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for his age:" this would imply that private character should be graduated by the scale of public morals ; but, let his detractors, if they will, add further evidence to what their very accusations frequently prove, that he was, by far, more virtuous than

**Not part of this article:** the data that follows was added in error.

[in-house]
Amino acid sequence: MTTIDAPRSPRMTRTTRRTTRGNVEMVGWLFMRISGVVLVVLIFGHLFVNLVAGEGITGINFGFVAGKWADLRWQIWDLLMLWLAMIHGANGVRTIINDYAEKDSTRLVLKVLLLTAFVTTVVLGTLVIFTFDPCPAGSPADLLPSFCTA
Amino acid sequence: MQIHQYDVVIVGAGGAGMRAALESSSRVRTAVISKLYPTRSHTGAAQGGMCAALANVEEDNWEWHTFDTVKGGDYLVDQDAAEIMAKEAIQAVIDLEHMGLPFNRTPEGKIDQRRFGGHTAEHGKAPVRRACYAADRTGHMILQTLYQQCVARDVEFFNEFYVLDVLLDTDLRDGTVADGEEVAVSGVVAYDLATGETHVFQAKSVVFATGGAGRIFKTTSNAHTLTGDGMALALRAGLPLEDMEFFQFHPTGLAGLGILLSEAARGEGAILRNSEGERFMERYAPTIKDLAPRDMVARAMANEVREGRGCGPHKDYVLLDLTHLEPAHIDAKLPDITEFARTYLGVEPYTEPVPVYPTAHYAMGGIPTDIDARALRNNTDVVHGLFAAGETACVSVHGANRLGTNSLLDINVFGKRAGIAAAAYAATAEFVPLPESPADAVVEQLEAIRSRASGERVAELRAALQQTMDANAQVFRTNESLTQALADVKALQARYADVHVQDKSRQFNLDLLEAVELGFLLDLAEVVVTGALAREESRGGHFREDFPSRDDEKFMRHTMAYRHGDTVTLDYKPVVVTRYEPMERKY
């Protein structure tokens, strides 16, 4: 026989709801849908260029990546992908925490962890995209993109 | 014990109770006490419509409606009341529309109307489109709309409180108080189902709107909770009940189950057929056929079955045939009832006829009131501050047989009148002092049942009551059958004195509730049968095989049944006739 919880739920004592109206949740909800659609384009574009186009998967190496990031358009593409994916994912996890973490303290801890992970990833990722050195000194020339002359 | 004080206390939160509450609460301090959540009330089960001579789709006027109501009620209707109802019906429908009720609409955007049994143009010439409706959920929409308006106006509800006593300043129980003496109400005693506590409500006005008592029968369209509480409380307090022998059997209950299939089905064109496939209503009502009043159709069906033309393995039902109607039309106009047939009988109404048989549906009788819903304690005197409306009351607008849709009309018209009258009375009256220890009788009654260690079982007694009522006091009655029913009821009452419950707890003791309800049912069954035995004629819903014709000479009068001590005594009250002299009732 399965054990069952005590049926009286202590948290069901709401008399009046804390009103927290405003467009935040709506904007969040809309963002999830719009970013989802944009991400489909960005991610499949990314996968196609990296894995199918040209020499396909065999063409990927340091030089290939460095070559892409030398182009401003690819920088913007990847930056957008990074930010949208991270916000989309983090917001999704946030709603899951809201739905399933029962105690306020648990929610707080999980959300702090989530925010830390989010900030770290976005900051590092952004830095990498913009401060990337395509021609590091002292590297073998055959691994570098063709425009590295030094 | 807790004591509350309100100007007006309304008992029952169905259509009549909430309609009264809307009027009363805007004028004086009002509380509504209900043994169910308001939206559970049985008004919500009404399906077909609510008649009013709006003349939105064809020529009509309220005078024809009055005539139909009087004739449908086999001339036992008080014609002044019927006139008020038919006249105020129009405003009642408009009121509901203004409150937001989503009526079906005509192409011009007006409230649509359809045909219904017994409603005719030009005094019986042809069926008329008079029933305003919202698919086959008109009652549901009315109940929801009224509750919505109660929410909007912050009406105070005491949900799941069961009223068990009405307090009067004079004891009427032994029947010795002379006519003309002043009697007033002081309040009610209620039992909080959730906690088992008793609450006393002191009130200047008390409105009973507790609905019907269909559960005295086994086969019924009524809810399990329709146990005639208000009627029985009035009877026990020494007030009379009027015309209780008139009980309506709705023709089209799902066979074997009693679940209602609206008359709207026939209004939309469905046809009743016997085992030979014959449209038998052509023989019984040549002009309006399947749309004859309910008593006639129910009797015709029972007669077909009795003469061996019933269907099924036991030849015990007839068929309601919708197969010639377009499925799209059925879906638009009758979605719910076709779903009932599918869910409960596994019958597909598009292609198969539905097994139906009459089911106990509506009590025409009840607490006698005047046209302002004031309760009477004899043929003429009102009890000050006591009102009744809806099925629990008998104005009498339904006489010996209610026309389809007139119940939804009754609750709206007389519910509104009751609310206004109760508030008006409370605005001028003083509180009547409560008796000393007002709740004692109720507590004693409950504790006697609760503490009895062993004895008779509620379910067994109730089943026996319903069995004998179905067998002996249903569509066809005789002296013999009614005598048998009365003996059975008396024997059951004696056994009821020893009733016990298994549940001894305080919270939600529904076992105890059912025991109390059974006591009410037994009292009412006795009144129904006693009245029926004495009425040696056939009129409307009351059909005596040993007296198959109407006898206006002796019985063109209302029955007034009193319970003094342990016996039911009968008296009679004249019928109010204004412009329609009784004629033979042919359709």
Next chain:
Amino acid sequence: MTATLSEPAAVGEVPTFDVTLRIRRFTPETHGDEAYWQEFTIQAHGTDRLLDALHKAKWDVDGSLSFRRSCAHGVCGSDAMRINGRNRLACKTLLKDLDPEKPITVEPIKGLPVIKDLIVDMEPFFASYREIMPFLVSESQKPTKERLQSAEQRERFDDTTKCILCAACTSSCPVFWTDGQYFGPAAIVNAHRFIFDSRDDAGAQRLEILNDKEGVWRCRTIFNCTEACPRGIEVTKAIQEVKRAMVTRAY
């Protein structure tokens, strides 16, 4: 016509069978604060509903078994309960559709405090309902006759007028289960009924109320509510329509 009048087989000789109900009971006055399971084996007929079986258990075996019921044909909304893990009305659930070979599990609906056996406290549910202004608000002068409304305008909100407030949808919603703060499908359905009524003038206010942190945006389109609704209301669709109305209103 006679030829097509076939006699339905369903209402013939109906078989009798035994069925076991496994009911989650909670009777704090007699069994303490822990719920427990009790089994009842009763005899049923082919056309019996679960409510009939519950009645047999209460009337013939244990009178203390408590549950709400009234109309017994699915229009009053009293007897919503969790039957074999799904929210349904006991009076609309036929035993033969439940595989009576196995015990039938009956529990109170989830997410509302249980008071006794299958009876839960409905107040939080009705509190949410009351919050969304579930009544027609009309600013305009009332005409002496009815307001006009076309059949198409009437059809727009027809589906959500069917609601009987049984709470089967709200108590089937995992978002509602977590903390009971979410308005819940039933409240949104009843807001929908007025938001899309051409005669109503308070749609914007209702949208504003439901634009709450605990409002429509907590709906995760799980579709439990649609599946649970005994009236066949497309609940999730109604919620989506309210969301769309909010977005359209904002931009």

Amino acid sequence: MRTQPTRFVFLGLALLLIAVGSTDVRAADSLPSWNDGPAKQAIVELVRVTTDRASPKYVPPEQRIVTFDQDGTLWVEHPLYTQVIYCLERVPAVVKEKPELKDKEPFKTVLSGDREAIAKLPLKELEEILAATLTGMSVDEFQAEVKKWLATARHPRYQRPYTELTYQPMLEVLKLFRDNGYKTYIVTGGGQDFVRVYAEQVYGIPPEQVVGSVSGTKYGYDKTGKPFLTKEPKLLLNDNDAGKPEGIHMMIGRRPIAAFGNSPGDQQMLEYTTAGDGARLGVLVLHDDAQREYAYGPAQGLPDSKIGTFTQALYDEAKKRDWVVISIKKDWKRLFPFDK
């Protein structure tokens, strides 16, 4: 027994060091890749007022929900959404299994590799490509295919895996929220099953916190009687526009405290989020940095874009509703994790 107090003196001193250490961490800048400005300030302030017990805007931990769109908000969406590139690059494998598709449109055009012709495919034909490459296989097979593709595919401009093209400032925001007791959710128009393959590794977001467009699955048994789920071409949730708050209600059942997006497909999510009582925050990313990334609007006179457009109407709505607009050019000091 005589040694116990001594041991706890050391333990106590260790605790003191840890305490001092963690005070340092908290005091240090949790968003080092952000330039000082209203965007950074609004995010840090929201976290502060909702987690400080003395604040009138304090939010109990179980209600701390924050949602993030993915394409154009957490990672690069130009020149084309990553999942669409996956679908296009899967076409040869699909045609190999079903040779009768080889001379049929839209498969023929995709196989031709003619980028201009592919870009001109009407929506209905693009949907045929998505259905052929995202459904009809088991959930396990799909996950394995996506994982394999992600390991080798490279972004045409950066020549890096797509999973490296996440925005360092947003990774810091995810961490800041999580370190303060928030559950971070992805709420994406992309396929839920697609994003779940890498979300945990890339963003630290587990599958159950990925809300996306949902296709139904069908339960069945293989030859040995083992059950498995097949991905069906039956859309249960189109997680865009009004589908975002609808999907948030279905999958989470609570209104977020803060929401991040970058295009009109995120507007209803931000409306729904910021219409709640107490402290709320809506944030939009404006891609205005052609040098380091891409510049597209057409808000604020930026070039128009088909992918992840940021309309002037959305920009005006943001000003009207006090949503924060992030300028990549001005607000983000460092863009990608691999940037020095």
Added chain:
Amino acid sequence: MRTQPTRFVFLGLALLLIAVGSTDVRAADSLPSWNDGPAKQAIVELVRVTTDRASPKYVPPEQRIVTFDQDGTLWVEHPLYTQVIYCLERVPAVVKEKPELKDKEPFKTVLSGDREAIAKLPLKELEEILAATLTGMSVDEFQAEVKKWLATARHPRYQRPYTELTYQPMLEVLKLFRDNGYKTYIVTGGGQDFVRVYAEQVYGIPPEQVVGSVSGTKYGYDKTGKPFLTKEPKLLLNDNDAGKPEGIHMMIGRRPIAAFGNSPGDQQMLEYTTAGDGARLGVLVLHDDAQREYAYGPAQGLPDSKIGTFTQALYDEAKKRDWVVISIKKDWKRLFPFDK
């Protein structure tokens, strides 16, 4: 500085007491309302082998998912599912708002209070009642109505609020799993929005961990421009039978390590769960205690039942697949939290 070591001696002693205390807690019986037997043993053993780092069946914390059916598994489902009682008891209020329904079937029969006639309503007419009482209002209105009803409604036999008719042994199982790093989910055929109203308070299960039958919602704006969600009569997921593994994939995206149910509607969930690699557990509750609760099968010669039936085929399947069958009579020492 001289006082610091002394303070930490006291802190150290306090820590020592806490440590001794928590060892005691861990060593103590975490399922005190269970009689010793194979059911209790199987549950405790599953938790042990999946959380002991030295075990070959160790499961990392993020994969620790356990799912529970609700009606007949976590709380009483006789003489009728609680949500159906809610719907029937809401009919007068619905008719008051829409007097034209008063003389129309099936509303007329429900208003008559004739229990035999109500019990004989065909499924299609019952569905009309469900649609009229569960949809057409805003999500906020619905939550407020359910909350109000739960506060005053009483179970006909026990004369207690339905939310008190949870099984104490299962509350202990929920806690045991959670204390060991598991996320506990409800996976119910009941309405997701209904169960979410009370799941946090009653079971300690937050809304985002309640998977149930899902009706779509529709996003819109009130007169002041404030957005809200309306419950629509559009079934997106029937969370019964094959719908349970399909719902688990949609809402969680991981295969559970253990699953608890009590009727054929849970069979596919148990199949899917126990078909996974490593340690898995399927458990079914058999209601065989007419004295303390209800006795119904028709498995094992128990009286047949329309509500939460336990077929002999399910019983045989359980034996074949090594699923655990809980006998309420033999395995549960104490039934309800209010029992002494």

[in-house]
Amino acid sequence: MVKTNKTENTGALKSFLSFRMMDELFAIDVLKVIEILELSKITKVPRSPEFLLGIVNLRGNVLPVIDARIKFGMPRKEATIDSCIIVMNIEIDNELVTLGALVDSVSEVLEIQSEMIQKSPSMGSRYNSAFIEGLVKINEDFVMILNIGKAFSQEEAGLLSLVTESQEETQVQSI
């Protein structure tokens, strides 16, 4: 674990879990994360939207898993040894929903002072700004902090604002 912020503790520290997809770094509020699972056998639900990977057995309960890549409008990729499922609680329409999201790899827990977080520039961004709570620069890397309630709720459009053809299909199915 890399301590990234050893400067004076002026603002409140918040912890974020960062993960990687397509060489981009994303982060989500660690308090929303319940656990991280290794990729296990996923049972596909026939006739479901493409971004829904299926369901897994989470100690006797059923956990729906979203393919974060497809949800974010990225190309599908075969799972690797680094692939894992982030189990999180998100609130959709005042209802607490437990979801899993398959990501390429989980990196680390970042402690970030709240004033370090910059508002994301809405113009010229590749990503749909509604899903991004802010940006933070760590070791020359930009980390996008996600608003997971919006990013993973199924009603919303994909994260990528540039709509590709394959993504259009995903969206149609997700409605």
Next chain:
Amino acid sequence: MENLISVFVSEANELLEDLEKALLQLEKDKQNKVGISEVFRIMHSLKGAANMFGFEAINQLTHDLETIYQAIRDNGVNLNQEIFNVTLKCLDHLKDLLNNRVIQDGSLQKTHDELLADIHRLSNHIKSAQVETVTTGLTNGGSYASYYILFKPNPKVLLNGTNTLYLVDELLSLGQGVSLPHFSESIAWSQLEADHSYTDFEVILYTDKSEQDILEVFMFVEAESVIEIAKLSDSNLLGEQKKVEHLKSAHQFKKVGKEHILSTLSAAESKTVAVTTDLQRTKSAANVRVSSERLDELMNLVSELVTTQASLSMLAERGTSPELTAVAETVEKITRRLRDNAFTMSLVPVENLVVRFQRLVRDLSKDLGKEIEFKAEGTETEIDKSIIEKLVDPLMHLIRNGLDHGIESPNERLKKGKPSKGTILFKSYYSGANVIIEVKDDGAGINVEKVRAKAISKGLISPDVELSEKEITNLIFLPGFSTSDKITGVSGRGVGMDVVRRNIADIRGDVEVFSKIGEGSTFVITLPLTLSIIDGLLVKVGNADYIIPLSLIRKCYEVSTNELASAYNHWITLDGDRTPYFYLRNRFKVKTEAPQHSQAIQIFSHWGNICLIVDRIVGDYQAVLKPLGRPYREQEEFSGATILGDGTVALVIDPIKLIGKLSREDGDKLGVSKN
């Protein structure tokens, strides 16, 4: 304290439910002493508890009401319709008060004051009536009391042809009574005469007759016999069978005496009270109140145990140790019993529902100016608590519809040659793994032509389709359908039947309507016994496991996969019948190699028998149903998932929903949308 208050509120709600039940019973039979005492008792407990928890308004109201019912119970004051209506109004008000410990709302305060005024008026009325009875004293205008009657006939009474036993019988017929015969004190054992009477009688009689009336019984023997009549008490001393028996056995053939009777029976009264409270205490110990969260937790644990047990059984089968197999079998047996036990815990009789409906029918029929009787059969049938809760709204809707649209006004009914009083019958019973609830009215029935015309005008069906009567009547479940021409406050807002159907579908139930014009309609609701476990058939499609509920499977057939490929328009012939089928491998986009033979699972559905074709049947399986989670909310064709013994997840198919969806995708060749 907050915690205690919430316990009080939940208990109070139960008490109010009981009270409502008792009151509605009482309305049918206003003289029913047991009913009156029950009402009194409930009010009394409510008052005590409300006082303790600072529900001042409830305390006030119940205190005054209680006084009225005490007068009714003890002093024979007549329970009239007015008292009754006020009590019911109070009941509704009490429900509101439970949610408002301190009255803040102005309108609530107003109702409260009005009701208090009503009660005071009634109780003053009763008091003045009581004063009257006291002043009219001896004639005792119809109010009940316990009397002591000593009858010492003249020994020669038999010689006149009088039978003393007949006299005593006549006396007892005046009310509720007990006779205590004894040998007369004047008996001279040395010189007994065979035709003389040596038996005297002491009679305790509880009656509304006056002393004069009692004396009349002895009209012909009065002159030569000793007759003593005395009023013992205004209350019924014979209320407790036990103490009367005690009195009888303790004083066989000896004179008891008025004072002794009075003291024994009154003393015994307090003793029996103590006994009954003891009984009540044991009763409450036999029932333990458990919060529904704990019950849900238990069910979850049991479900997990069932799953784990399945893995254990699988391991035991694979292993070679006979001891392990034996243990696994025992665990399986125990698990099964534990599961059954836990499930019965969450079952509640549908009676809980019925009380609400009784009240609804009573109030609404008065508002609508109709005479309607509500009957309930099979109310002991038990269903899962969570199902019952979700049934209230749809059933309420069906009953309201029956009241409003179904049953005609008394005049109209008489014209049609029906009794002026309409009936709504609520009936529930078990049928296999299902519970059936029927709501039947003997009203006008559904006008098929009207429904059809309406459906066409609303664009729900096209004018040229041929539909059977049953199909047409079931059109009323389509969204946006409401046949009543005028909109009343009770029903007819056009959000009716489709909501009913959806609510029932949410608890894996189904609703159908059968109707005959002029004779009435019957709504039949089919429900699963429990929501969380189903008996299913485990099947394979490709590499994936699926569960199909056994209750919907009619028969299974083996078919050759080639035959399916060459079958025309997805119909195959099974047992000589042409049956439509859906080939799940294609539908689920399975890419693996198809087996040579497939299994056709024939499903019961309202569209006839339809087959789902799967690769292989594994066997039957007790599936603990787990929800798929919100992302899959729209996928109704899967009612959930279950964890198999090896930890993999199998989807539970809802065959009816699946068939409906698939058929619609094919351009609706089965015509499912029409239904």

Apart from the light which this piece of secret history sheds upon the events of the revolution of 1830, nothing can be gathered from the generally received accounts of those events, but that Lafayette, as during the former revolution, still saw the dangers besetting an attempt to establish a republic, and sacrificed his predilections to his caution. The English government was again taken as the model, and the structure raised after its likeness, though the work of haste, instead of the gradual growth of ages, as is the British constitution, bade fair to fulfil the noble purposes of its founders,—to redeem their countrymen from civil and political bondage. We shall not here stop to discuss the question, whether the French people are capable of enjoying, in peace and quiet, the advantages of a liberal form of government; or are only fitted, as some have contended, for a military despotism, or to be wheedled into absolute submission by the corrupting example of a profligate court. Certain it is that, after the solemn pledges given by Louis Philippe, as duke of Orleans, and his systematic violation of them all, as king of the French, the language in which Lafayette is said to have expressed his disappointment,-“Il est un fourbe, et nous sommes les victimes de sa fourberie," was strikingly expressive of the monarch's course, and of the subjects' condition.